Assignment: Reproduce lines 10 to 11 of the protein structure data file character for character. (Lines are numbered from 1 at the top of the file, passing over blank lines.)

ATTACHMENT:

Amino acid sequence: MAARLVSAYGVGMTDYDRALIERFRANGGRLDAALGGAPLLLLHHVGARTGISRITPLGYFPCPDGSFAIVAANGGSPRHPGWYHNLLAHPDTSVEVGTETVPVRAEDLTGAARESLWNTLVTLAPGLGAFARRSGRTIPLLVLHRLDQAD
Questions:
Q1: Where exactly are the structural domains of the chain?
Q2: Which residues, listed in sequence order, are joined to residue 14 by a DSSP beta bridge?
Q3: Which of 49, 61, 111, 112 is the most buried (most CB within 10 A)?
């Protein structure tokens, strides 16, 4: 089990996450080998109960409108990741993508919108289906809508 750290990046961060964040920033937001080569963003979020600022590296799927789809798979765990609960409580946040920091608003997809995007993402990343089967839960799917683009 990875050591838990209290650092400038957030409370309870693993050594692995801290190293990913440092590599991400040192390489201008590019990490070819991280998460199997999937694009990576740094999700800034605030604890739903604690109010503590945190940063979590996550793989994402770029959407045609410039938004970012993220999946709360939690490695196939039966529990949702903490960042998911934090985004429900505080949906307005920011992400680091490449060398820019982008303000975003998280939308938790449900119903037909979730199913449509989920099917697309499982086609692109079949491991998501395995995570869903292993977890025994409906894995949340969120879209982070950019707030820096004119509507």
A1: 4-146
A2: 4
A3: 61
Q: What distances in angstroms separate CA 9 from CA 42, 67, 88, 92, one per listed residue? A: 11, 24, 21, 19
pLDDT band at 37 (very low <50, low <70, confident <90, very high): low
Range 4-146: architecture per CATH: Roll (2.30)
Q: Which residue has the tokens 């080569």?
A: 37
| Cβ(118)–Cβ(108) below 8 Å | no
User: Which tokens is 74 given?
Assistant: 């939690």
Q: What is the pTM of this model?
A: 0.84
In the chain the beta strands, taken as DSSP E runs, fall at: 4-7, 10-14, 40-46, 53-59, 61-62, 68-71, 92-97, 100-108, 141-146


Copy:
Q: What distances in angstroms separate CA 9 from CA 42, 67, 88, 92, one per listed residue? A: 11, 24, 21, 19
pLDDT band at 37 (very low <50, low <70, confident <90, very high): low